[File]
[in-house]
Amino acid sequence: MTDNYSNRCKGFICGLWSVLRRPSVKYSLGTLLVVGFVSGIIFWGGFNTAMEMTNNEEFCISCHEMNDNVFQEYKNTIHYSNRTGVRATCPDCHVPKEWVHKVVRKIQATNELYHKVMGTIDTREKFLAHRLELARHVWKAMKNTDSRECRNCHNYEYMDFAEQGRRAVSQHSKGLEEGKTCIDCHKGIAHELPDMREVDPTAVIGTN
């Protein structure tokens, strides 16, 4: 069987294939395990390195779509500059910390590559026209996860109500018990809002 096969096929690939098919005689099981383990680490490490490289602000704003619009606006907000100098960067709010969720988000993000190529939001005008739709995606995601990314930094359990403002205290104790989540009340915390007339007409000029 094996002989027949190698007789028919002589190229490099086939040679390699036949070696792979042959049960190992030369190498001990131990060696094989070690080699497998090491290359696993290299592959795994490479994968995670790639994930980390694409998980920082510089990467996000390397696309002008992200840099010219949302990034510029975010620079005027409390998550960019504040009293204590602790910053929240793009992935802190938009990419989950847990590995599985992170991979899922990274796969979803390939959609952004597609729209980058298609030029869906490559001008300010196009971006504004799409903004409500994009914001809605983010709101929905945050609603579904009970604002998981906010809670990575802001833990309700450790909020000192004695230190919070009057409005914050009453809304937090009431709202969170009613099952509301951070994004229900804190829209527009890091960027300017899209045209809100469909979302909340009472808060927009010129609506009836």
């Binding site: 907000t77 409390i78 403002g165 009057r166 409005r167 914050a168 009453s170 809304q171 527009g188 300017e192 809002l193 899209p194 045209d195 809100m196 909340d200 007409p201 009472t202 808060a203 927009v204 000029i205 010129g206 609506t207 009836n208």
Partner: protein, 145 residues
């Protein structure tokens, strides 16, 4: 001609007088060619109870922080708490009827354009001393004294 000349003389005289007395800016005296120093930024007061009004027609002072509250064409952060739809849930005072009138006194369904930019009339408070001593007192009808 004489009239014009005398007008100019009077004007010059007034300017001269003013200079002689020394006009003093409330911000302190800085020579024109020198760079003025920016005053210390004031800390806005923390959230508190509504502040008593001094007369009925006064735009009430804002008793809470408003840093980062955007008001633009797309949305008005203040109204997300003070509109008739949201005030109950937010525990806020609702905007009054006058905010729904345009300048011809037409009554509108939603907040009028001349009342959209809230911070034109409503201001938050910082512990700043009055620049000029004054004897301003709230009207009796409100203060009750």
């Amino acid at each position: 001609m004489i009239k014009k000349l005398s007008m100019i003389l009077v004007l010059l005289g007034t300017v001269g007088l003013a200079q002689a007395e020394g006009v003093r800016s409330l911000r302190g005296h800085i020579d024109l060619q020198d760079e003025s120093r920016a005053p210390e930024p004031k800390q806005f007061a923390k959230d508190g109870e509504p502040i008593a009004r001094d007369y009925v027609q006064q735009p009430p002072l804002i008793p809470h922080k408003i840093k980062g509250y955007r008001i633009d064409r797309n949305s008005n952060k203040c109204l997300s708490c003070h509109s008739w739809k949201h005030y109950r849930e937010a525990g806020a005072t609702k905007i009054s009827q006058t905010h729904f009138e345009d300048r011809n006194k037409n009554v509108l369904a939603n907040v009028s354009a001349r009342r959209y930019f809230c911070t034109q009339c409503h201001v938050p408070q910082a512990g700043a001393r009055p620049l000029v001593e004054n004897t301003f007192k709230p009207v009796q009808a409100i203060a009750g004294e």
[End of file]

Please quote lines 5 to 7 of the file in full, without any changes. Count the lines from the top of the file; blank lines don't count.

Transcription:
Partner: protein, 145 residues
């Protein structure tokens, strides 16, 4: 001609007088060619109870922080708490009827354009001393004294 000349003389005289007395800016005296120093930024007061009004027609002072509250064409952060739809849930005072009138006194369904930019009339408070001593007192009808 004489009239014009005398007008100019009077004007010059007034300017001269003013200079002689020394006009003093409330911000302190800085020579024109020198760079003025920016005053210390004031800390806005923390959230508190509504502040008593001094007369009925006064735009009430804002008793809470408003840093980062955007008001633009797309949305008005203040109204997300003070509109008739949201005030109950937010525990806020609702905007009054006058905010729904345009300048011809037409009554509108939603907040009028001349009342959209809230911070034109409503201001938050910082512990700043009055620049000029004054004897301003709230009207009796409100203060009750």
């Amino acid at each position: 001609m004489i009239k014009k000349l005398s007008m100019i003389l009077v004007l010059l005289g007034t300017v001269g007088l003013a200079q002689a007395e020394g006009v003093r800016s409330l911000r302190g005296h800085i020579d024109l060619q020198d760079e003025s120093r920016a005053p210390e930024p004031k800390q806005f007061a923390k959230d508190g109870e509504p502040i008593a009004r001094d007369y009925v027609q006064q735009p009430p002072l804002i008793p809470h922080k408003i840093k980062g509250y955007r008001i633009d064409r797309n949305s008005n952060k203040c109204l997300s708490c003070h509109s008739w739809k949201h005030y109950r849930e937010a525990g806020a005072t609702k905007i009054s009827q006058t905010h729904f009138e345009d300048r011809n006194k037409n009554v509108l369904a939603n907040v009028s354009a001349r009342r959209y930019f809230c911070t034109q009339c409503h201001v938050p408070q910082a512990g700043a001393r009055p620049l000029v001593e004054n004897t301003f007192k709230p009207v009796q009808a409100i203060a009750g004294e």